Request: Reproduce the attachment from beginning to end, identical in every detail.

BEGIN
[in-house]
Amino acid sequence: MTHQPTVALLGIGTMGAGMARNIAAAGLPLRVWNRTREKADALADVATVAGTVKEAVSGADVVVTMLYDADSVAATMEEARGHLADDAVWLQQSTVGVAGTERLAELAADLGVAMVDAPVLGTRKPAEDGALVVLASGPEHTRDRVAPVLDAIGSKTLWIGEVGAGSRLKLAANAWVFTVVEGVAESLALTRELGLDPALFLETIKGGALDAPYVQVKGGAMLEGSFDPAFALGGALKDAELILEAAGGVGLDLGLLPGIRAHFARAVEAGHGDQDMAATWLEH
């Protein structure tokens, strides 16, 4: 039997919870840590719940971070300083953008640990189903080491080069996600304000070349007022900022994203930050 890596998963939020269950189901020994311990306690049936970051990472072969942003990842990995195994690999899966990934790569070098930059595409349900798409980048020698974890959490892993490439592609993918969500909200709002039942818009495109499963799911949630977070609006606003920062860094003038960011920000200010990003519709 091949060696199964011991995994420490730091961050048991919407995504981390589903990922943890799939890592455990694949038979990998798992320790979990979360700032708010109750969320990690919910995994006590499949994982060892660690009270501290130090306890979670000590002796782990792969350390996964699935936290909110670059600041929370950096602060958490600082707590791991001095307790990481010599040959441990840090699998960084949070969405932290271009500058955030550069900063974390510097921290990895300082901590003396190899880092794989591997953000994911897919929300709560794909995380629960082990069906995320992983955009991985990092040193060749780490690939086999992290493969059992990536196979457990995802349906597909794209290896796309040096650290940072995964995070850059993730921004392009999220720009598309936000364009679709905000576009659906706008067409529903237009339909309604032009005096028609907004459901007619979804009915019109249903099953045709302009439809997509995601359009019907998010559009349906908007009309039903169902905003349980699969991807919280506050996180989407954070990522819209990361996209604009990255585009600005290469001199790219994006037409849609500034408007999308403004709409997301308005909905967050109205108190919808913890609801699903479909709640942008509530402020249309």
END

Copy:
[in-house]
Amino acid sequence: MTHQPTVALLGIGTMGAGMARNIAAAGLPLRVWNRTREKADALADVATVAGTVKEAVSGADVVVTMLYDADSVAATMEEARGHLADDAVWLQQSTVGVAGTERLAELAADLGVAMVDAPVLGTRKPAEDGALVVLASGPEHTRDRVAPVLDAIGSKTLWIGEVGAGSRLKLAANAWVFTVVEGVAESLALTRELGLDPALFLETIKGGALDAPYVQVKGGAMLEGSFDPAFALGGALKDAELILEAAGGVGLDLGLLPGIRAHFARAVEAGHGDQDMAATWLEH
């Protein structure tokens, strides 16, 4: 039997919870840590719940971070300083953008640990189903080491080069996600304000070349007022900022994203930050 890596998963939020269950189901020994311990306690049936970051990472072969942003990842990995195994690999899966990934790569070098930059595409349900798409980048020698974890959490892993490439592609993918969500909200709002039942818009495109499963799911949630977070609006606003920062860094003038960011920000200010990003519709 091949060696199964011991995994420490730091961050048991919407995504981390589903990922943890799939890592455990694949038979990998798992320790979990979360700032708010109750969320990690919910995994006590499949994982060892660690009270501290130090306890979670000590002796782990792969350390996964699935936290909110670059600041929370950096602060958490600082707590791991001095307790990481010599040959441990840090699998960084949070969405932290271009500058955030550069900063974390510097921290990895300082901590003396190899880092794989591997953000994911897919929300709560794909995380629960082990069906995320992983955009991985990092040193060749780490690939086999992290493969059992990536196979457990995802349906597909794209290896796309040096650290940072995964995070850059993730921004392009999220720009598309936000364009679709905000576009659906706008067409529903237009339909309604032009005096028609907004459901007619979804009915019109249903099953045709302009439809997509995601359009019907998010559009349906908007009309039903169902905003349980699969991807919280506050996180989407954070990522819209990361996209604009990255585009600005290469001199790219994006037409849609500034408007999308403004709409997301308005909905967050109205108190919808913890609801699903479909709640942008509530402020249309």